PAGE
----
posted a stronger-than-expected second quarter Friday, riding a 15% domestic revenue gain.
The New York-based music company lost $7 million, or a nickel a share, for the quarter ended March 31. A year ago the company made $4 million, but that translated into a 28-cent-a-share loss after the company marked to market some warrants associated with its divestiture from
Revenue rose 4% from a year ago to $796 million, as domestic revenue rose 15% and international revenue slid 6% as reported and rose 2% on a constant currency basis. On a comparable basis, assuming comparable currencies and excluding the sold music sheet business, revenue rose 10% from a year ago in the latest quarter.
Analysts surveyed by Thomson Financial were looking for a 16-cent loss on sales of $771 million.
Digital revenue rose 30% sequentially to $90 million, accounting for 11% of total revenue. Operating income before depreciation and amortization rose 18% from a year ago to $104 million.
"One year since our IPO, Warner Music has grown revenue, outperforming the market and gaining significant margin and market share," said CEO Edgar Bronfman Jr. "Through its strategy for profitable growth, this team has led the industry in the digital space, enhanced its competitiveness in the independent arena and gained share in the highest-growth market segments. Our artists and labels have had a remarkable year -- including both innovative efforts with established artists and development of new artists."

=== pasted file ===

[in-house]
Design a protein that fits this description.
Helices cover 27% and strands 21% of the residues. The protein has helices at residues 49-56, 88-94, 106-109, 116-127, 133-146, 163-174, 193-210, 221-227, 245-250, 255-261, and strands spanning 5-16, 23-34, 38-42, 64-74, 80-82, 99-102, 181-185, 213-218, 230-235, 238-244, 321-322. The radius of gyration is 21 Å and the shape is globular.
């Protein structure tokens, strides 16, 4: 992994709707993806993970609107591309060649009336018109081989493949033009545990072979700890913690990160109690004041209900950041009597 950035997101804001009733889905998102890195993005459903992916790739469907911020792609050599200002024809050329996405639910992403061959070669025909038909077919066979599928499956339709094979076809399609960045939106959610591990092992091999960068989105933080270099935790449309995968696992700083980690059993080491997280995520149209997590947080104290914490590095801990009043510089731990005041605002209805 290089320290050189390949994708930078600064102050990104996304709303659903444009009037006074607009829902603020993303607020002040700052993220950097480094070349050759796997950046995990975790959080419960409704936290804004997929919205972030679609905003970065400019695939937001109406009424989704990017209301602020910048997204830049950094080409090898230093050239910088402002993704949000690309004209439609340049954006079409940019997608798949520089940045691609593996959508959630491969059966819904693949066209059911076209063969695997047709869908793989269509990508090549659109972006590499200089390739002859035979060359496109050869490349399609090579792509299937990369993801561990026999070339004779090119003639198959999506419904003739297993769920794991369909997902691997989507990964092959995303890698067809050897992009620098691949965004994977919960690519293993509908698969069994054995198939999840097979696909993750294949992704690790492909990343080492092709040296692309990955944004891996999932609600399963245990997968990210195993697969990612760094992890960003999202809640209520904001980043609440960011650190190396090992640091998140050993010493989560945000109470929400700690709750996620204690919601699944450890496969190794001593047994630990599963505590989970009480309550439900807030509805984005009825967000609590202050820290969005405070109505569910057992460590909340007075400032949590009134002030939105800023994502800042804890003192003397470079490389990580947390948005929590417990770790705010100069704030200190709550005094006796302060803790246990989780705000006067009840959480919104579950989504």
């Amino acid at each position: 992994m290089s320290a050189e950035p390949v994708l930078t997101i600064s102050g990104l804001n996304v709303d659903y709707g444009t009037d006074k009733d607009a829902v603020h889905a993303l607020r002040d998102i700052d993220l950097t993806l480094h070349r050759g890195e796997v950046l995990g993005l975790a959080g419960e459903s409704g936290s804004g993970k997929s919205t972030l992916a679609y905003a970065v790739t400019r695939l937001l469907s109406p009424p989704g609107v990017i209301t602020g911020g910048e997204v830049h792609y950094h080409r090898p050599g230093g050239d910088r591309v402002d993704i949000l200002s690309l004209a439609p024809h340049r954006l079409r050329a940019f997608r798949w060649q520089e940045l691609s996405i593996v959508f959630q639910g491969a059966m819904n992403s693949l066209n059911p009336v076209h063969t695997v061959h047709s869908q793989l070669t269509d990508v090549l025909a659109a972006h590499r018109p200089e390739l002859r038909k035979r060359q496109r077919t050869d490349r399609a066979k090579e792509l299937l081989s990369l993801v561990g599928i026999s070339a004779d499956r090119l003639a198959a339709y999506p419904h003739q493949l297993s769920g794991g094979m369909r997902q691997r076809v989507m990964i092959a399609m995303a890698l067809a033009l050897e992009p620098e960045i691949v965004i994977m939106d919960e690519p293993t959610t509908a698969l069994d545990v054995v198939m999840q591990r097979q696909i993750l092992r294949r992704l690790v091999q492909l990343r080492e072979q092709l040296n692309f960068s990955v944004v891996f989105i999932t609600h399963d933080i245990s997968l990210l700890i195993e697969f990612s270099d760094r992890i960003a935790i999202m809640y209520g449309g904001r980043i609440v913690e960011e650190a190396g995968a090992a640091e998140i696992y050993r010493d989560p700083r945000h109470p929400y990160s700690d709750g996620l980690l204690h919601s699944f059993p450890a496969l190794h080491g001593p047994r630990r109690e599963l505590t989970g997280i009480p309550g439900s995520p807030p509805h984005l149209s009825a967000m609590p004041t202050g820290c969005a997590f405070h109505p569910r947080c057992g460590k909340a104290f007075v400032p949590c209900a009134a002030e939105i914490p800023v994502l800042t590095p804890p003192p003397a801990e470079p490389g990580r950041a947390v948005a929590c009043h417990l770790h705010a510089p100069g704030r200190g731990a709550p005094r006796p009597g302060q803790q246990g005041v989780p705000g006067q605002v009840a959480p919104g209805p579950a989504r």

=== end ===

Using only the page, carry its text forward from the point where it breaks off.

Free cash flow -- cash flow from operations less capital expenditures and cash paid for investments -- fell to $162 million from $193 million a year ago. Unlevered after-tax cash flow -- free cash flow excluding cash interest paid and non-recurring management fees -- dropped to $186 million from $220 million.
The news comes as EMI makes a third attempt in six years to acquire Warner. Warner this week rejected a $28.50-a-share cash-and-stock bid, but observers believe a sweetened bid is likely.